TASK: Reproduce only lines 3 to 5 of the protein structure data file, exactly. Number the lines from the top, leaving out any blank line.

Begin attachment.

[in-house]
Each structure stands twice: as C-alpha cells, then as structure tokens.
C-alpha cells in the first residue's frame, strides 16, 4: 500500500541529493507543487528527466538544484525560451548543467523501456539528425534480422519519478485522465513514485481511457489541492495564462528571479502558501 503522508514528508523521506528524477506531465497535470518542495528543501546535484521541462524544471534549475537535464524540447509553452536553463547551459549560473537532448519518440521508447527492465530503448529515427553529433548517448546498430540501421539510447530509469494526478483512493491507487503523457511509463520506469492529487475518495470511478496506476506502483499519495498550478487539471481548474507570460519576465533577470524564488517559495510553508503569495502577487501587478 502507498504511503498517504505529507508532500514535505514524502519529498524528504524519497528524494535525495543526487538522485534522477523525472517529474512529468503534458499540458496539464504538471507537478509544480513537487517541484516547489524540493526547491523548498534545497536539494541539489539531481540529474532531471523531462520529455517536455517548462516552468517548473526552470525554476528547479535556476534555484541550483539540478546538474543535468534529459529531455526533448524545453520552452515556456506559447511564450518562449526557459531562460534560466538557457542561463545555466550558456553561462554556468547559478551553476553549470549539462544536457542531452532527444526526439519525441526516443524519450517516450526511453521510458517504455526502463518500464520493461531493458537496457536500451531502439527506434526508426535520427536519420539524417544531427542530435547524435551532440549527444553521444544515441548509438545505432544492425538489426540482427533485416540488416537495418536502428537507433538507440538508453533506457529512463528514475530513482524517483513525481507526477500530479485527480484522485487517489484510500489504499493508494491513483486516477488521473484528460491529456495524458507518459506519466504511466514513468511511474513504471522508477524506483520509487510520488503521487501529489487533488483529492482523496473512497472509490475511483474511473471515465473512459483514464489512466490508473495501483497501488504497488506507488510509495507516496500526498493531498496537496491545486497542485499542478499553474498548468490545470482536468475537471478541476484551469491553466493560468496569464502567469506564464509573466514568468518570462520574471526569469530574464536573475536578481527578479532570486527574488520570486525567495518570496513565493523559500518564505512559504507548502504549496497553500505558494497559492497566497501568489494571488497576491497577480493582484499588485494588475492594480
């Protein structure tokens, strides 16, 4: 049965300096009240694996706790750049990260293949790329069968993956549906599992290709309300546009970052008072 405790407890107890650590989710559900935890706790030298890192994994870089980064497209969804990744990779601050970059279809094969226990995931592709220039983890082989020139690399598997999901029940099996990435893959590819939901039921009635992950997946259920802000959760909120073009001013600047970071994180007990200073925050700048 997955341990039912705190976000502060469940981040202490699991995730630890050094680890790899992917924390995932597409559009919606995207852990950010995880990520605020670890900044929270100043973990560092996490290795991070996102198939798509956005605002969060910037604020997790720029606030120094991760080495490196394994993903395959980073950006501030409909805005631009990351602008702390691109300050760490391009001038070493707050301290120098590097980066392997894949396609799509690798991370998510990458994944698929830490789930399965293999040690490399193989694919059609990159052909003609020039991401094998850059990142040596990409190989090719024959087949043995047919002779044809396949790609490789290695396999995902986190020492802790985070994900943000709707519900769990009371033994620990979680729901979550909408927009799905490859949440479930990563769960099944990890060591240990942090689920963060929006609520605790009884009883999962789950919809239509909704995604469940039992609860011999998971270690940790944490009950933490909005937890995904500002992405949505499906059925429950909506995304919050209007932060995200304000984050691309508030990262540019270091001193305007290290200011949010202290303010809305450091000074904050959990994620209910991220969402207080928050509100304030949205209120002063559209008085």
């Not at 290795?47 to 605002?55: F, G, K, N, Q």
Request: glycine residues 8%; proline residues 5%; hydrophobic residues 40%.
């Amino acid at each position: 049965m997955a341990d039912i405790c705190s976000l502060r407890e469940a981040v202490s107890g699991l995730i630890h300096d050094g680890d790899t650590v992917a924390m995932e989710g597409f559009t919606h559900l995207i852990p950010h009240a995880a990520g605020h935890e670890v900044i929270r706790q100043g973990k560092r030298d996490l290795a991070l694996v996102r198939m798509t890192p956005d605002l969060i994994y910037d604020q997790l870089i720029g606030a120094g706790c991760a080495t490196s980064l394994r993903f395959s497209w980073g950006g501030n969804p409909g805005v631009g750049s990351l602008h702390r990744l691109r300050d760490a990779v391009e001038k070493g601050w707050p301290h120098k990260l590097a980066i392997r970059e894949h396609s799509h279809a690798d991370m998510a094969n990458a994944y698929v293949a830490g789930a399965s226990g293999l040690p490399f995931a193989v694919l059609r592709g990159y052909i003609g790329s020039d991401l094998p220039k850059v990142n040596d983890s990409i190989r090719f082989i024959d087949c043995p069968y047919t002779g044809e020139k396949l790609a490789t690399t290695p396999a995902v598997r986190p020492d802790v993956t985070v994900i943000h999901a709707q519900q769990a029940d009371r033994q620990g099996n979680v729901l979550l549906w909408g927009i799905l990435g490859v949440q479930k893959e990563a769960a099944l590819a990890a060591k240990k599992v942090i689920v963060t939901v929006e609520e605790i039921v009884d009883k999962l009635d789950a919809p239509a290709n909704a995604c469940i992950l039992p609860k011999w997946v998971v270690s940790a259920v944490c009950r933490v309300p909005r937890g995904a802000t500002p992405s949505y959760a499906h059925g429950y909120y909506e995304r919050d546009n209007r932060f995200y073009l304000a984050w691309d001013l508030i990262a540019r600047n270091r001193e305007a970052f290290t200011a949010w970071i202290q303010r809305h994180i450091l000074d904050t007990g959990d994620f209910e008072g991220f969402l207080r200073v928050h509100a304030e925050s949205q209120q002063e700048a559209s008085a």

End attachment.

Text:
C-alpha cells in the first residue's frame, strides 16, 4: 500500500541529493507543487528527466538544484525560451548543467523501456539528425534480422519519478485522465513514485481511457489541492495564462528571479502558501 503522508514528508523521506528524477506531465497535470518542495528543501546535484521541462524544471534549475537535464524540447509553452536553463547551459549560473537532448519518440521508447527492465530503448529515427553529433548517448546498430540501421539510447530509469494526478483512493491507487503523457511509463520506469492529487475518495470511478496506476506502483499519495498550478487539471481548474507570460519576465533577470524564488517559495510553508503569495502577487501587478 502507498504511503498517504505529507508532500514535505514524502519529498524528504524519497528524494535525495543526487538522485534522477523525472517529474512529468503534458499540458496539464504538471507537478509544480513537487517541484516547489524540493526547491523548498534545497536539494541539489539531481540529474532531471523531462520529455517536455517548462516552468517548473526552470525554476528547479535556476534555484541550483539540478546538474543535468534529459529531455526533448524545453520552452515556456506559447511564450518562449526557459531562460534560466538557457542561463545555466550558456553561462554556468547559478551553476553549470549539462544536457542531452532527444526526439519525441526516443524519450517516450526511453521510458517504455526502463518500464520493461531493458537496457536500451531502439527506434526508426535520427536519420539524417544531427542530435547524435551532440549527444553521444544515441548509438545505432544492425538489426540482427533485416540488416537495418536502428537507433538507440538508453533506457529512463528514475530513482524517483513525481507526477500530479485527480484522485487517489484510500489504499493508494491513483486516477488521473484528460491529456495524458507518459506519466504511466514513468511511474513504471522508477524506483520509487510520488503521487501529489487533488483529492482523496473512497472509490475511483474511473471515465473512459483514464489512466490508473495501483497501488504497488506507488510509495507516496500526498493531498496537496491545486497542485499542478499553474498548468490545470482536468475537471478541476484551469491553466493560468496569464502567469506564464509573466514568468518570462520574471526569469530574464536573475536578481527578479532570486527574488520570486525567495518570496513565493523559500518564505512559504507548502504549496497553500505558494497559492497566497501568489494571488497576491497577480493582484499588485494588475492594480
């Protein structure tokens, strides 16, 4: 049965300096009240694996706790750049990260293949790329069968993956549906599992290709309300546009970052008072 405790407890107890650590989710559900935890706790030298890192994994870089980064497209969804990744990779601050970059279809094969226990995931592709220039983890082989020139690399598997999901029940099996990435893959590819939901039921009635992950997946259920802000959760909120073009001013600047970071994180007990200073925050700048 997955341990039912705190976000502060469940981040202490699991995730630890050094680890790899992917924390995932597409559009919606995207852990950010995880990520605020670890900044929270100043973990560092996490290795991070996102198939798509956005605002969060910037604020997790720029606030120094991760080495490196394994993903395959980073950006501030409909805005631009990351602008702390691109300050760490391009001038070493707050301290120098590097980066392997894949396609799509690798991370998510990458994944698929830490789930399965293999040690490399193989694919059609990159052909003609020039991401094998850059990142040596990409190989090719024959087949043995047919002779044809396949790609490789290695396999995902986190020492802790985070994900943000709707519900769990009371033994620990979680729901979550909408927009799905490859949440479930990563769960099944990890060591240990942090689920963060929006609520605790009884009883999962789950919809239509909704995604469940039992609860011999998971270690940790944490009950933490909005937890995904500002992405949505499906059925429950909506995304919050209007932060995200304000984050691309508030990262540019270091001193305007290290200011949010202290303010809305450091000074904050959990994620209910991220969402207080928050509100304030949205209120002063559209008085």
């Not at 290795?47 to 605002?55: F, G, K, N, Q």